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Cromwell's Grave, a Neolithic long barrow 300m west of Hoe Hill Farm

List Entry Summary

This monument is scheduled under the Ancient Monuments and Archaeological Areas Act 1979 as amended as it appears to the Secretary of State to be of national importance. This entry is a copy, the original is held by the Department for Culture, Media and Sport.

Name: Cromwell's Grave, a Neolithic long barrow 300m west of Hoe Hill Farm

List entry Number: 1013885

Location

The monument may lie within the boundary of more than one authority.

County: Lincolnshire

District: West Lindsey

District Type: District Authority

Parish: Swinhope

National Park: Not applicable to this List entry.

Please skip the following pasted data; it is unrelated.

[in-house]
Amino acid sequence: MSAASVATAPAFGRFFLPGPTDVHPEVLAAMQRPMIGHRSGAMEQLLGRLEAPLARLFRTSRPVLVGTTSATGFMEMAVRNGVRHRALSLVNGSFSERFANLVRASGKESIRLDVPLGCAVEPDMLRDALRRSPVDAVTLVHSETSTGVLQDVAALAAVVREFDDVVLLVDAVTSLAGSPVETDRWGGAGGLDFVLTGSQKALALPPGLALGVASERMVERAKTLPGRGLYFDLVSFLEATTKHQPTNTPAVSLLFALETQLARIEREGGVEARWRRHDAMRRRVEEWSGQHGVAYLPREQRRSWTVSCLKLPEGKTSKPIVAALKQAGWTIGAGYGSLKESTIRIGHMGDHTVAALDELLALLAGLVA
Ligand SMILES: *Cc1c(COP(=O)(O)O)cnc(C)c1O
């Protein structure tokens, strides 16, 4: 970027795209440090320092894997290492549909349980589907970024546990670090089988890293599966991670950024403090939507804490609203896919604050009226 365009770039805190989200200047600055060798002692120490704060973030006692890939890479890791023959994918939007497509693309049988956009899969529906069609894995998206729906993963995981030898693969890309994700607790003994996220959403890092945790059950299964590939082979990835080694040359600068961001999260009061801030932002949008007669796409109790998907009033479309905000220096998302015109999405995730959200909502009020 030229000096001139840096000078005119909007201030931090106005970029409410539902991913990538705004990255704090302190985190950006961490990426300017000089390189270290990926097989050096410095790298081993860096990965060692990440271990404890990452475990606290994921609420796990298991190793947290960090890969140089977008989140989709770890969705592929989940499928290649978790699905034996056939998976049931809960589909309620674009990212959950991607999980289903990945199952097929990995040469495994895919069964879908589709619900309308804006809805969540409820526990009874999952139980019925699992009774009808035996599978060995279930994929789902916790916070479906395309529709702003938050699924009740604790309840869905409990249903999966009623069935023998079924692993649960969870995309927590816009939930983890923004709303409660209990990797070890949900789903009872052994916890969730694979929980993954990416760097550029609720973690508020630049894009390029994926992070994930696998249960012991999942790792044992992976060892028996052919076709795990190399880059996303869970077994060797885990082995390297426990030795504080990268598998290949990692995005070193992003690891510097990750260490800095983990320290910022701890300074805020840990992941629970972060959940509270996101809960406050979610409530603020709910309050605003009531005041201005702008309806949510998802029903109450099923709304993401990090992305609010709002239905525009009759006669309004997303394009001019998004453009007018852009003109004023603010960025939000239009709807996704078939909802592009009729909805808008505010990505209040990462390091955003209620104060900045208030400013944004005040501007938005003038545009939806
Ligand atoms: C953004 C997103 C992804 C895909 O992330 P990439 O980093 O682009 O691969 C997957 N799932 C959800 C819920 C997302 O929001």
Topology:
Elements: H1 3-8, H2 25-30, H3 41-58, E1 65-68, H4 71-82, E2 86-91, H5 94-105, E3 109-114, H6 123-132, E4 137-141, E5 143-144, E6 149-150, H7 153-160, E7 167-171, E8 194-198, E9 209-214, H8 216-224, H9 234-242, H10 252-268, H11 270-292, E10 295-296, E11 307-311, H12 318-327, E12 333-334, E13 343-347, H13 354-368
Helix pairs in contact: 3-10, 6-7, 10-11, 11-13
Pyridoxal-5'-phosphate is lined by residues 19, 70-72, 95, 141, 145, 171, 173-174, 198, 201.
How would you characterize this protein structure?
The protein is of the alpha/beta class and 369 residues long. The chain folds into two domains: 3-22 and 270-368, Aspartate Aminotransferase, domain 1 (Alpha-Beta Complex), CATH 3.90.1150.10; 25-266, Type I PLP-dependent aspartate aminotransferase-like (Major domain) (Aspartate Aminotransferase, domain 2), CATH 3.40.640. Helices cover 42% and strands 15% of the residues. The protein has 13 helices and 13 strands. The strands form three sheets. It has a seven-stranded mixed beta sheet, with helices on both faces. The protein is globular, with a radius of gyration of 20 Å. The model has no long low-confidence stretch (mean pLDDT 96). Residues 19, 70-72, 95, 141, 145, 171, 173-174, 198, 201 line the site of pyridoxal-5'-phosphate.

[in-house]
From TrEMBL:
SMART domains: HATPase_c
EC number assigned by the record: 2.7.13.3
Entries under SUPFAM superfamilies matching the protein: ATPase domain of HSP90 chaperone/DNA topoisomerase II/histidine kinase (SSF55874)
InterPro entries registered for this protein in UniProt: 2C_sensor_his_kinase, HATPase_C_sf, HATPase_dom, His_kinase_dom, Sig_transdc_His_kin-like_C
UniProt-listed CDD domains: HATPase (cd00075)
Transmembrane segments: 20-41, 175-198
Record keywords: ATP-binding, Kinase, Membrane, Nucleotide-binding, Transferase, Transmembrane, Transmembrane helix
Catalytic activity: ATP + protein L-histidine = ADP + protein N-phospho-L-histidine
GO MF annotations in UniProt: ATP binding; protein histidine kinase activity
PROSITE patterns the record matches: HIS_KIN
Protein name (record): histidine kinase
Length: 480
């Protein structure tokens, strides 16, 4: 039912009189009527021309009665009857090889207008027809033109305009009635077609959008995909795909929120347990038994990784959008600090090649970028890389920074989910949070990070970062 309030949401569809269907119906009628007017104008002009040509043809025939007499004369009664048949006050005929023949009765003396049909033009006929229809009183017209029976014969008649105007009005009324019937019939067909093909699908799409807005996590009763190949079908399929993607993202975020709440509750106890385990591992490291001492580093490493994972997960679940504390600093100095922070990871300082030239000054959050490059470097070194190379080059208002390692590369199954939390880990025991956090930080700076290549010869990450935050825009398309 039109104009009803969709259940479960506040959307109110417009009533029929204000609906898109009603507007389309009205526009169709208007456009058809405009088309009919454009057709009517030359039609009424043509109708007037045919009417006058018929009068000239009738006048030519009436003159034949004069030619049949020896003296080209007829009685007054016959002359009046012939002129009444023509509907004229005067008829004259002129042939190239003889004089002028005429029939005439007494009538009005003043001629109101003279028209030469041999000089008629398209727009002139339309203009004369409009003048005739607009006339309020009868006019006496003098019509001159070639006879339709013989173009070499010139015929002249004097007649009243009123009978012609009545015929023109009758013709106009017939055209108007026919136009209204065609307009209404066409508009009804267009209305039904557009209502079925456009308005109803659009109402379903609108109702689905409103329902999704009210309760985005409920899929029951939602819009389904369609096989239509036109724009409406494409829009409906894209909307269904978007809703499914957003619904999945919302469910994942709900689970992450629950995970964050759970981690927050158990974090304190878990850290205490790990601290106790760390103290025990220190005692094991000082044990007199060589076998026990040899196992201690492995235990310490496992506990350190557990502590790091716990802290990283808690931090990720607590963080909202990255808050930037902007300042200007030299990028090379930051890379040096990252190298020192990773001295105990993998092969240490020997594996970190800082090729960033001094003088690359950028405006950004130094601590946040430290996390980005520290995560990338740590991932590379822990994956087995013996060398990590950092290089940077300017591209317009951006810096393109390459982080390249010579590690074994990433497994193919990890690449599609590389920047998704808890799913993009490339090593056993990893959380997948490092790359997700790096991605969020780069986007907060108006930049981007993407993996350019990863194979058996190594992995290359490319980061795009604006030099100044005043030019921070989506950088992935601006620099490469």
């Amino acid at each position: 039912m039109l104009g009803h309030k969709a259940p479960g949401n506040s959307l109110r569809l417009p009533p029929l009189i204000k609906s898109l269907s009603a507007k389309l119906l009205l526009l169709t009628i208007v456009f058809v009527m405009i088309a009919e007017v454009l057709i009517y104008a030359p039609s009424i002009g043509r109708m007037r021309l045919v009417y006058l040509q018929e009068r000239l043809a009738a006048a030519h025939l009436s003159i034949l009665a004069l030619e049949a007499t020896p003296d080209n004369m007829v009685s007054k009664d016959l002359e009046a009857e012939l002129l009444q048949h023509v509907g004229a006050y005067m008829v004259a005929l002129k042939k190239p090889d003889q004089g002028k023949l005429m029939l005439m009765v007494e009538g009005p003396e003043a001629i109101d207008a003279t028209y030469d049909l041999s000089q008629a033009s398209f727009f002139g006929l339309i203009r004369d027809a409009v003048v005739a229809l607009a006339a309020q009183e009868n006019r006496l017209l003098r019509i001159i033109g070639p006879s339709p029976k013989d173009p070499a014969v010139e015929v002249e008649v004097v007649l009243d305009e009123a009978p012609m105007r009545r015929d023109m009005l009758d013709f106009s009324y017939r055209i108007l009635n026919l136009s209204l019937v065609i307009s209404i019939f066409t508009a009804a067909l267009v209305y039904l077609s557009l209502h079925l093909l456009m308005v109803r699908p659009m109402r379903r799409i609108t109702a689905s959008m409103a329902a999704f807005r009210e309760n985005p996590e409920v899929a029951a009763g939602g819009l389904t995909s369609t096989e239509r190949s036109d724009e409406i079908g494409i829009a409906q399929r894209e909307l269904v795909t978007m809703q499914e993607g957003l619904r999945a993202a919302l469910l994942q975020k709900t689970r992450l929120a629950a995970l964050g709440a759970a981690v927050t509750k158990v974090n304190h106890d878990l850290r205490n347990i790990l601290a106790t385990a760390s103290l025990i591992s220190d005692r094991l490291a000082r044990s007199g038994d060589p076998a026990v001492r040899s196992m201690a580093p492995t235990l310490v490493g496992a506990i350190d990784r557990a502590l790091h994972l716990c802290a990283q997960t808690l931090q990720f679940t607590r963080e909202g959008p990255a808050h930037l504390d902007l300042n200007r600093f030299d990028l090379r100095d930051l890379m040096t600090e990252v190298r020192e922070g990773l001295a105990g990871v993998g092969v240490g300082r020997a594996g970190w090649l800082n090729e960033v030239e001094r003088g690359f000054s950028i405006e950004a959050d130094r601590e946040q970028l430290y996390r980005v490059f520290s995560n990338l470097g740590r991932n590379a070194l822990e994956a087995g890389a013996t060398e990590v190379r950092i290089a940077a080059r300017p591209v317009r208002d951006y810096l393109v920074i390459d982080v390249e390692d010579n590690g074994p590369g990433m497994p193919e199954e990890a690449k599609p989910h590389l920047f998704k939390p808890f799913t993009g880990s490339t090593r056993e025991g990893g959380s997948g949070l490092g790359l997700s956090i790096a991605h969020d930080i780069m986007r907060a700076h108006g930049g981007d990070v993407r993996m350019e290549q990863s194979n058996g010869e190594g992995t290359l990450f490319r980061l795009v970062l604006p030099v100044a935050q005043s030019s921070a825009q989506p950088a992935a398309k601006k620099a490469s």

Grade: Not applicable to this List entry.

Date first scheduled: 30-Aug-1934

Date of most recent amendment: 04-Dec-1995

Legacy System Information

The contents of this record have been generated from a legacy data system.

Legacy System: RSM

UID: 27851

Asset Groupings

This list entry does not comprise part of an Asset Grouping. Asset Groupings are not part of the official record but are added later for information.

List entry Description

Summary of Monument

Legacy Record - This information may be included in the List Entry Details.

Reasons for Designation